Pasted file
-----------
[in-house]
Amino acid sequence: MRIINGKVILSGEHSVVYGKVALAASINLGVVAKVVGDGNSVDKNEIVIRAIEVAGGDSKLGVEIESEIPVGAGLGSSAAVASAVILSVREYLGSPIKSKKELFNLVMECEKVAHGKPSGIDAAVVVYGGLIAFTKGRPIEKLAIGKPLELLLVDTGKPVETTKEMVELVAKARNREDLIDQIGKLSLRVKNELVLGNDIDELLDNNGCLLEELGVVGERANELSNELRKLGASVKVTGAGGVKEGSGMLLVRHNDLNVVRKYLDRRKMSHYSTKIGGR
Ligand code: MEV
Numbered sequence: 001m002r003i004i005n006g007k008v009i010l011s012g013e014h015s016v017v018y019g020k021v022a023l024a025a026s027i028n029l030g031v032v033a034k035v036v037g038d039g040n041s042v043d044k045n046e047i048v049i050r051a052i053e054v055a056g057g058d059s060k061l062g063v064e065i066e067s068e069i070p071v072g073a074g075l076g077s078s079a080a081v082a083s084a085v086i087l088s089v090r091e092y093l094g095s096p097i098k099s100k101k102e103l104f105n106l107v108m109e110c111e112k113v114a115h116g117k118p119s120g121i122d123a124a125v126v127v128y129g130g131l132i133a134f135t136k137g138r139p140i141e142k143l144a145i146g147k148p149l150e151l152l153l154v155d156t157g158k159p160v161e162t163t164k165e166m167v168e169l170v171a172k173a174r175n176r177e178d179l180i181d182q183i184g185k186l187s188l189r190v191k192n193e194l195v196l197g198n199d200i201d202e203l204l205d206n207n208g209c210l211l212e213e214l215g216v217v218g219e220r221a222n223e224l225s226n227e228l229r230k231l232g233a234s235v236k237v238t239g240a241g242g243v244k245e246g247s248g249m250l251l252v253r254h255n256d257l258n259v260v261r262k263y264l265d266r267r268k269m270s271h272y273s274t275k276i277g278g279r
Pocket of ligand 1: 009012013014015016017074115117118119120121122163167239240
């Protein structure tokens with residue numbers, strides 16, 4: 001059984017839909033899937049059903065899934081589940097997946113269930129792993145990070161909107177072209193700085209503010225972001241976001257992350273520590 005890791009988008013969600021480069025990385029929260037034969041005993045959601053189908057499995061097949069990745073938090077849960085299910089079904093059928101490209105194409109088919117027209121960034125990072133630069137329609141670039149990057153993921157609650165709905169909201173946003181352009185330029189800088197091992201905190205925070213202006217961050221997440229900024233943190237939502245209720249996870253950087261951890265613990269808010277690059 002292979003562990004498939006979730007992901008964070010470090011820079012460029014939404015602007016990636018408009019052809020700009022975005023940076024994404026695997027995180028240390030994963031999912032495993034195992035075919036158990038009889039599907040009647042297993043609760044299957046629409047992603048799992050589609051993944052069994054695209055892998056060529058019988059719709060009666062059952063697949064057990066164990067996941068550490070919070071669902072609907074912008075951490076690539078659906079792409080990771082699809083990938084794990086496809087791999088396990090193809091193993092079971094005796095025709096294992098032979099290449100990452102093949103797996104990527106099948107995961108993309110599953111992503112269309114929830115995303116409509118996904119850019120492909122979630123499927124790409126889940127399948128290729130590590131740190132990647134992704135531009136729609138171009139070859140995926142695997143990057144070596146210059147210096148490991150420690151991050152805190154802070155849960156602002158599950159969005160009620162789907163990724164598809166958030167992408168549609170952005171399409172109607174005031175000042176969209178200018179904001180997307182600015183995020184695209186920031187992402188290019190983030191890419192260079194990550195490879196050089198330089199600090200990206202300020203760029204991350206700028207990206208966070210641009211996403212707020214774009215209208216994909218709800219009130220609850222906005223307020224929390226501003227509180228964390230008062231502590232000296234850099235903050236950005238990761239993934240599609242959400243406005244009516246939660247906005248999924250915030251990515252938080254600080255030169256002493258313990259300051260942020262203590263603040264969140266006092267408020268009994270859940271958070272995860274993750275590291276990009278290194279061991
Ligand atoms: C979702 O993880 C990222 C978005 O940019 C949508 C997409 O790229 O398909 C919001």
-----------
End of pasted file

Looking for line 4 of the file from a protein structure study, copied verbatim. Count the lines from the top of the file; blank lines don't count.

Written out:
Numbered sequence: 001m002r003i004i005n006g007k008v009i010l011s012g013e014h015s016v017v018y019g020k021v022a023l024a025a026s027i028n029l030g031v032v033a034k035v036v037g038d039g040n041s042v043d044k045n046e047i048v049i050r051a052i053e054v055a056g057g058d059s060k061l062g063v064e065i066e067s068e069i070p071v072g073a074g075l076g077s078s079a080a081v082a083s084a085v086i087l088s089v090r091e092y093l094g095s096p097i098k099s100k101k102e103l104f105n106l107v108m109e110c111e112k113v114a115h116g117k118p119s120g121i122d123a124a125v126v127v128y129g130g131l132i133a134f135t136k137g138r139p140i141e142k143l144a145i146g147k148p149l150e151l152l153l154v155d156t157g158k159p160v161e162t163t164k165e166m167v168e169l170v171a172k173a174r175n176r177e178d179l180i181d182q183i184g185k186l187s188l189r190v191k192n193e194l195v196l197g198n199d200i201d202e203l204l205d206n207n208g209c210l211l212e213e214l215g216v217v218g219e220r221a222n223e224l225s226n227e228l229r230k231l232g233a234s235v236k237v238t239g240a241g242g243v244k245e246g247s248g249m250l251l252v253r254h255n256d257l258n259v260v261r262k263y264l265d266r267r268k269m270s271h272y273s274t275k276i277g278g279r